pathname = "C:\\KR100HAL90.3dm"
    # Open it and get the objects
    drawObjs = Load3DMFile(pathname)
    # Make the display conduit object for drawing
    dc = DisplayConduit(drawObjs)
    # Draw
    dc.xform = rs.XformIdentity()
    dc.Enabled = True
    rs.GetPoint("Click to continue...") # Wait...
    # Change the material color and draw again
    dc.material.Diffuse = System.Drawing.Color.Green
    rs.GetPoint("Click to rotate...") # Wait...
    # Rotate (and change color again)
    cplane = rs.ViewCPlane()
    dc.xform = rs.XformRotation2(90.0, cplane[3], cplane[0])
    dc.drawObjsBBox.Transform(dc.xform) # Update the bounding box to the rotated state
    dc.material.Diffuse = System.Drawing.Color.Yellow
    rs.GetPoint("Click to Bake Meshes...") # Wait
    # Convert the mesh to Rhino objects
    meshList = BakeMeshes(dc.drawObjs, dc.xform)
    if meshList:
        print "Meshes created: %d" % len(meshList)
    # Stop drawing
    dc.Enabled = False

# Read the 3dm file and return a list of the objects within it
def Load3DMFile(pathname):
    f3dm = Rhino.FileIO.File3dm.Read(pathname)
    if (f3dm):
        objs = f3dm.Objects
        return objs

# Convert the list of objects passed to Rhino geometry. Then transform
# them with the transformation matrix passed
def BakeMeshes(drawObjs, xform):
    meshList = []
    for item in drawObjs:
        if item.Geometry.ObjectType == Rhino.DocObjects.ObjectType.Mesh:
            mesh = item.Geometry
            verts = mesh.Vertices
            faces = mesh.Faces
            rhinoMesh = scriptcontext.doc.Objects.AddMesh(mesh)
    if (meshList):
        rs.TransformObjects(meshList, xform)
    return meshList

# Display Conduit class to draw in the viewports
class DisplayConduit(Rhino.Display.DisplayConduit):
    def __init__(self, objs):
        # Store the objects we are to draw
        self.drawObjs = objs
        # Store the transformation to apply - initially none
        self.xform = Rhino.Geometry.Transform.Identity
        # Get the bounding box for all the objects passed
        self.drawObjsBBox = Rhino.Geometry.BoundingBox(Rhino.Geometry.Point3d(-1,-1,-1), Rhino.Geometry.Point3d(1,1,1))
        for item in self.drawObjs:
            bbox = item.Geometry.GetBoundingBox(False)
            if (bbox):
        # Expand the bbox by 5% of the diagonal length for use in zoom extents
        amount = self.drawObjsBBox.Diagonal.Length*0.05
        # Init the material to draw with
        self.material = Rhino.Display.DisplayMaterial()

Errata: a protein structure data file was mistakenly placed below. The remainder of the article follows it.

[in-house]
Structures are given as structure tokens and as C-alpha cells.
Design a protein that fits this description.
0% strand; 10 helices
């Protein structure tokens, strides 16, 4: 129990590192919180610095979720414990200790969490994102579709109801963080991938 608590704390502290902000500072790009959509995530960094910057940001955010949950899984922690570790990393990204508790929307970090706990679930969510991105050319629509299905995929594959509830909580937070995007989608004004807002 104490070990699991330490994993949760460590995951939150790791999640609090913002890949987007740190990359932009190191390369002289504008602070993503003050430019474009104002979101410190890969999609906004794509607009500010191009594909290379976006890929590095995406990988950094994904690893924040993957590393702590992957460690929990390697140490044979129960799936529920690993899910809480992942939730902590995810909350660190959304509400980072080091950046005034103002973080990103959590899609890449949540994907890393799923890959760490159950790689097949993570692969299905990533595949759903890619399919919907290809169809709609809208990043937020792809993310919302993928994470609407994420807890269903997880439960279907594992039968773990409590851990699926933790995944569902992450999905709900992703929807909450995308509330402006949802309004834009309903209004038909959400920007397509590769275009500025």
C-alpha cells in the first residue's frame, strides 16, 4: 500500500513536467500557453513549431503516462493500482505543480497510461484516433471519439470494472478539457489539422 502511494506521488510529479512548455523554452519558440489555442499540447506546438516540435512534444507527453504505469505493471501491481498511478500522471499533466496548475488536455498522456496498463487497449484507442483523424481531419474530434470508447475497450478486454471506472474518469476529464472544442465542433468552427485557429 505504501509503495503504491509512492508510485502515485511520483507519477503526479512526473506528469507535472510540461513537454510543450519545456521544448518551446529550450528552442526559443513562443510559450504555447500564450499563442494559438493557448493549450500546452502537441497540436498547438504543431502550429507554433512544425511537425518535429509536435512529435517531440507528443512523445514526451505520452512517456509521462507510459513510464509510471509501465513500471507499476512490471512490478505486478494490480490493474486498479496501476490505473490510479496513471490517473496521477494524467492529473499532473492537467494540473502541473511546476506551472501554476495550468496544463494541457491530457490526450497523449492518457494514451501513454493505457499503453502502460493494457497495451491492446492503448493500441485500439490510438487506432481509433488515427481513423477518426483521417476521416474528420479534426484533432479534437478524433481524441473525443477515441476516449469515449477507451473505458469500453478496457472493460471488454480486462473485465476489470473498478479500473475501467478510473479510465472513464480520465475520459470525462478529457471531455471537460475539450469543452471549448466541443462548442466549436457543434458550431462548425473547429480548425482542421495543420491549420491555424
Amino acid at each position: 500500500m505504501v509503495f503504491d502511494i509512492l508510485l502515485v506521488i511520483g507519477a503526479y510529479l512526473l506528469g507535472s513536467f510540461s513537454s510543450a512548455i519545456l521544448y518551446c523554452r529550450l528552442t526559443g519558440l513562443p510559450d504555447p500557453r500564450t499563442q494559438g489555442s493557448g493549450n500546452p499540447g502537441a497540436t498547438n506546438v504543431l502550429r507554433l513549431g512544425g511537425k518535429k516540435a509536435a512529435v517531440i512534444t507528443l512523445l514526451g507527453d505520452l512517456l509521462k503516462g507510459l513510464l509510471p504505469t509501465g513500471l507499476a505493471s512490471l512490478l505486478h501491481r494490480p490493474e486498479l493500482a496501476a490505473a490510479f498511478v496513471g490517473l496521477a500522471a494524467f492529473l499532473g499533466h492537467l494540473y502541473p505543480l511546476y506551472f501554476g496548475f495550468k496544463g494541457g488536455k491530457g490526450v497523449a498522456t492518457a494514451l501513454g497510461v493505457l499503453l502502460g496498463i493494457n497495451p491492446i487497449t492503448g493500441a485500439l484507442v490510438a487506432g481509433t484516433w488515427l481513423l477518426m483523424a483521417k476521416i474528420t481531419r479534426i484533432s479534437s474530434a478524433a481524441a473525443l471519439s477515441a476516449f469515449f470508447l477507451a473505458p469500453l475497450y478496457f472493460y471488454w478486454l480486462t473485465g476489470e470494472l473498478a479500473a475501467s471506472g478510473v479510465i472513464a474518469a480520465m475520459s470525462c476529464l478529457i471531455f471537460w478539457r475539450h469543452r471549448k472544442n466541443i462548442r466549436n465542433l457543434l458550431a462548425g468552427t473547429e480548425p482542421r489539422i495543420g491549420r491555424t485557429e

self.material.Diffuse = System.Drawing.Color.OrangeRed # Kuka robot color!
        self.material.Shine = 0.8
    # Called to quickly return the bounding box for the scene including our objects
    def CalculateBoundingBox(self, calculateBoundingBoxEventArgs):
    # Called to quickly return the zoom extents bounding box including our objects
    def CalculateBoundingBoxZoomExtents(self, calculateBoundingBoxEventArgs):
    # Called to draw the objects to the viewport. This is done before any Rhino
    # objects which will be drawn over ours.
    def PreDrawObjects(self, drawEventArgs):
        drawEventArgs.Display.DrawBox(self.drawObjsBBox, System.Drawing.Color.White)
        drawEventArgs.Display.PushModelTransform(self.xform) # Apply the transform
        for item in self.drawObjs:
            if item.Geometry.ObjectType == Rhino.DocObjects.ObjectType.Curve:
                drawEventArgs.Display.DrawCurve(item.Geometry, System.Drawing.Color.Green)
            elif item.Geometry.ObjectType == Rhino.DocObjects.ObjectType.Brep:
                drawEventArgs.Display.DrawBrepWires(item.Geometry, System.Drawing.Color.Red)
            elif item.Geometry.ObjectType == Rhino.DocObjects.ObjectType.Mesh:
                #drawEventArgs.Display.DrawMeshWires(item.Geometry, System.Drawing.Color.Blue)
                drawEventArgs.Display.DrawMeshShaded(item.Geometry, self.material)
            elif item.Geometry.ObjectType == Rhino.DocObjects.ObjectType.Point:
                drawEventArgs.Display.DrawPoint(item.Geometry.Location, System.Drawing.Color.White)
        drawEventArgs.Display.PopModelTransform() # Remove the transformation

# Run it...
if (__name__ == "__main__"):

Sunday, February 2, 2014

CNC Corner Fix Utility

I created a Rhino Python script to quickly draw the geometry to allow the CNC router to clear out material in corners.

Download Here
(Note: This a Windows only plug-in. It will not work with Rhino for the Mac.)

To run the script load it into the Rhino Python editor. From Rhino type EditPythonScript. This launches the Python editor.

Choose the Open icon and load the CornerFix12.py script. Select Run Script from the fly-out menu shown.

The user interface is shown below.

Choose if you want to clean the corner material with a Router bit or a Drill bit. You can use a drill bit with a small diameter to make the least visible mark. Choose Router if you don't want to change tools and just cut the contour into the corner.

Choose the diameter of the bit you wish to use. Then set the Shift Cut %. For the least visible cut use the default of 99%. This will just barely cover the corner. If you change it to 0% the arc will be centered over the previous intersection point. Here are a few example of a router path to visualize the difference (the polylines intersect on the grid intersection points):